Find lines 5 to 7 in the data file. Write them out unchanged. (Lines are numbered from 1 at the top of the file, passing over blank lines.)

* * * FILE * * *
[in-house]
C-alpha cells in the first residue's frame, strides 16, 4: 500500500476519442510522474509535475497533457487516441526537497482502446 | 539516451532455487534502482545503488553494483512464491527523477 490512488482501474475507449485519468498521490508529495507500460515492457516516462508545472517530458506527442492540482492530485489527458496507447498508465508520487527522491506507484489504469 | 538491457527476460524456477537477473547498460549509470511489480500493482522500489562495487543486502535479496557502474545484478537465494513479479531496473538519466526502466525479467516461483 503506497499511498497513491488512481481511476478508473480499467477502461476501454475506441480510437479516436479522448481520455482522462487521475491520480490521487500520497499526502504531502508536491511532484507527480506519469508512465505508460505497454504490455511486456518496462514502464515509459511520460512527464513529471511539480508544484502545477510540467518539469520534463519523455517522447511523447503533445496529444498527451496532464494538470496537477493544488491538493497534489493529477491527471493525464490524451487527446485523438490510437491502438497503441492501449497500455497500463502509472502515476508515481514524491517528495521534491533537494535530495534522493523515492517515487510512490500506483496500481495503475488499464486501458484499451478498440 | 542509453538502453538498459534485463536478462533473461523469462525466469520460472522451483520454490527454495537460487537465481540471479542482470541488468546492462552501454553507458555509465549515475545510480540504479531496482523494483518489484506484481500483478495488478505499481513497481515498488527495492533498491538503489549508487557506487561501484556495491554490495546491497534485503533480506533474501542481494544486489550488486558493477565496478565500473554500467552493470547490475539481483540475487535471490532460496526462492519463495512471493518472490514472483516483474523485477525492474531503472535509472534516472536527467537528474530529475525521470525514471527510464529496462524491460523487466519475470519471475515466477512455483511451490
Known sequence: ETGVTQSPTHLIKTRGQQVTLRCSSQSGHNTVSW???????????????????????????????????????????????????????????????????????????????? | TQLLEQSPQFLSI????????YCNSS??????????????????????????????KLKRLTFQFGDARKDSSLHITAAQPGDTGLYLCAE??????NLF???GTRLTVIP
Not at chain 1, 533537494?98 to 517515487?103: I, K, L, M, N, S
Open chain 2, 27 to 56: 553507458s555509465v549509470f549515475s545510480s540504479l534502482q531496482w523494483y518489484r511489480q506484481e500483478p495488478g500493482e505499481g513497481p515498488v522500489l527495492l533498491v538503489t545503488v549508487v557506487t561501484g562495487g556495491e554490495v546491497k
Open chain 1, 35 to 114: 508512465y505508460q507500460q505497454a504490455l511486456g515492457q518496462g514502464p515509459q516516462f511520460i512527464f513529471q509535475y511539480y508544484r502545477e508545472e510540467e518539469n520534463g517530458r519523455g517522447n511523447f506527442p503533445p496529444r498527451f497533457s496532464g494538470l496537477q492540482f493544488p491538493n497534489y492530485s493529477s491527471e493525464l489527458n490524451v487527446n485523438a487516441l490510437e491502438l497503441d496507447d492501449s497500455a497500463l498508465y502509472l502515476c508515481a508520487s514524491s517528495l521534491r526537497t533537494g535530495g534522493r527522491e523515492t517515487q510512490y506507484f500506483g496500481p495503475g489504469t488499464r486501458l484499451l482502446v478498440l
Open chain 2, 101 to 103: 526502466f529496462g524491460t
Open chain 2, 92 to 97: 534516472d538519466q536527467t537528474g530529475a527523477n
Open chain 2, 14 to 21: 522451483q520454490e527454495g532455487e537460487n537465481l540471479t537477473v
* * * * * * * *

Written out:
Open chain 2, 27 to 56: 553507458s555509465v549509470f549515475s545510480s540504479l534502482q531496482w523494483y518489484r511489480q506484481e500483478p495488478g500493482e505499481g513497481p515498488v522500489l527495492l533498491v538503489t545503488v549508487v557506487t561501484g562495487g556495491e554490495v546491497k
Open chain 1, 35 to 114: 508512465y505508460q507500460q505497454a504490455l511486456g515492457q518496462g514502464p515509459q516516462f511520460i512527464f513529471q509535475y511539480y508544484r502545477e508545472e510540467e518539469n520534463g517530458r519523455g517522447n511523447f506527442p503533445p496529444r498527451f497533457s496532464g494538470l496537477q492540482f493544488p491538493n497534489y492530485s493529477s491527471e493525464l489527458n490524451v487527446n485523438a487516441l490510437e491502438l497503441d496507447d492501449s497500455a497500463l498508465y502509472l502515476c508515481a508520487s514524491s517528495l521534491r526537497t533537494g535530495g534522493r527522491e523515492t517515487q510512490y506507484f500506483g496500481p495503475g489504469t488499464r486501458l484499451l482502446v478498440l
Open chain 2, 101 to 103: 526502466f529496462g524491460t